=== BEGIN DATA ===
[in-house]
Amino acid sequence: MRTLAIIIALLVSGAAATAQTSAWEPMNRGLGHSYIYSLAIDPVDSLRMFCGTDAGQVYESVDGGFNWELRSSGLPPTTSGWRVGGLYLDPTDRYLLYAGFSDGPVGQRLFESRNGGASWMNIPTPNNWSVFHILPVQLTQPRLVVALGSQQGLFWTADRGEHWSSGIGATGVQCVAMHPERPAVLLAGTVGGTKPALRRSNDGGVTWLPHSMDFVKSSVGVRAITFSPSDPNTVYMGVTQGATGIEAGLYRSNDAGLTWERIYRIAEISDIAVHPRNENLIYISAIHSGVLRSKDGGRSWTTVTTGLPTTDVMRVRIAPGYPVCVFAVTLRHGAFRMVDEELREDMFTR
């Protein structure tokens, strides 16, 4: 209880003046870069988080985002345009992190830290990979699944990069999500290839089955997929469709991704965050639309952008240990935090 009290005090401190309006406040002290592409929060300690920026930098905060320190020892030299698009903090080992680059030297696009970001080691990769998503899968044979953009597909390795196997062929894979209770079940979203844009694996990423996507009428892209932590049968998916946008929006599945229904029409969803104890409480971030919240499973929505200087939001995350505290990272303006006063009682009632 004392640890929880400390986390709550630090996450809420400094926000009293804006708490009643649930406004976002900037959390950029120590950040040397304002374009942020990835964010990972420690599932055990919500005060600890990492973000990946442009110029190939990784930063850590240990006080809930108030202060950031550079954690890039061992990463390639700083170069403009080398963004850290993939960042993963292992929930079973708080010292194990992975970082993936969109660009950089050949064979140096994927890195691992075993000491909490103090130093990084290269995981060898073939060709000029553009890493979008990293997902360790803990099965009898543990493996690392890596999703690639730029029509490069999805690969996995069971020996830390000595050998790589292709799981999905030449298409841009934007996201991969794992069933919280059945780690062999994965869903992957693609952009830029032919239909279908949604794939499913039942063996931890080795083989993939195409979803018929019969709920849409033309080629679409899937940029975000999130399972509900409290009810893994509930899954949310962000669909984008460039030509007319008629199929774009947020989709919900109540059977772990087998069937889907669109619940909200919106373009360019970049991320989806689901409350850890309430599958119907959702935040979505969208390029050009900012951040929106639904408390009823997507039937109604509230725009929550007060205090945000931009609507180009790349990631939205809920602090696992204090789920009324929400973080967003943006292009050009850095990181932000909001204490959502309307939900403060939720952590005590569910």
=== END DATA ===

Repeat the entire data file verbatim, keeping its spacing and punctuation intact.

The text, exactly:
[in-house]
Amino acid sequence: MRTLAIIIALLVSGAAATAQTSAWEPMNRGLGHSYIYSLAIDPVDSLRMFCGTDAGQVYESVDGGFNWELRSSGLPPTTSGWRVGGLYLDPTDRYLLYAGFSDGPVGQRLFESRNGGASWMNIPTPNNWSVFHILPVQLTQPRLVVALGSQQGLFWTADRGEHWSSGIGATGVQCVAMHPERPAVLLAGTVGGTKPALRRSNDGGVTWLPHSMDFVKSSVGVRAITFSPSDPNTVYMGVTQGATGIEAGLYRSNDAGLTWERIYRIAEISDIAVHPRNENLIYISAIHSGVLRSKDGGRSWTTVTTGLPTTDVMRVRIAPGYPVCVFAVTLRHGAFRMVDEELREDMFTR
């Protein structure tokens, strides 16, 4: 209880003046870069988080985002345009992190830290990979699944990069999500290839089955997929469709991704965050639309952008240990935090 009290005090401190309006406040002290592409929060300690920026930098905060320190020892030299698009903090080992680059030297696009970001080691990769998503899968044979953009597909390795196997062929894979209770079940979203844009694996990423996507009428892209932590049968998916946008929006599945229904029409969803104890409480971030919240499973929505200087939001995350505290990272303006006063009682009632 004392640890929880400390986390709550630090996450809420400094926000009293804006708490009643649930406004976002900037959390950029120590950040040397304002374009942020990835964010990972420690599932055990919500005060600890990492973000990946442009110029190939990784930063850590240990006080809930108030202060950031550079954690890039061992990463390639700083170069403009080398963004850290993939960042993963292992929930079973708080010292194990992975970082993936969109660009950089050949064979140096994927890195691992075993000491909490103090130093990084290269995981060898073939060709000029553009890493979008990293997902360790803990099965009898543990493996690392890596999703690639730029029509490069999805690969996995069971020996830390000595050998790589292709799981999905030449298409841009934007996201991969794992069933919280059945780690062999994965869903992957693609952009830029032919239909279908949604794939499913039942063996931890080795083989993939195409979803018929019969709920849409033309080629679409899937940029975000999130399972509900409290009810893994509930899954949310962000669909984008460039030509007319008629199929774009947020989709919900109540059977772990087998069937889907669109619940909200919106373009360019970049991320989806689901409350850890309430599958119907959702935040979505969208390029050009900012951040929106639904408390009823997507039937109604509230725009929550007060205090945000931009609507180009790349990631939205809920602090696992204090789920009324929400973080967003943006292009050009850095990181932000909001204490959502309307939900403060939720952590005590569910």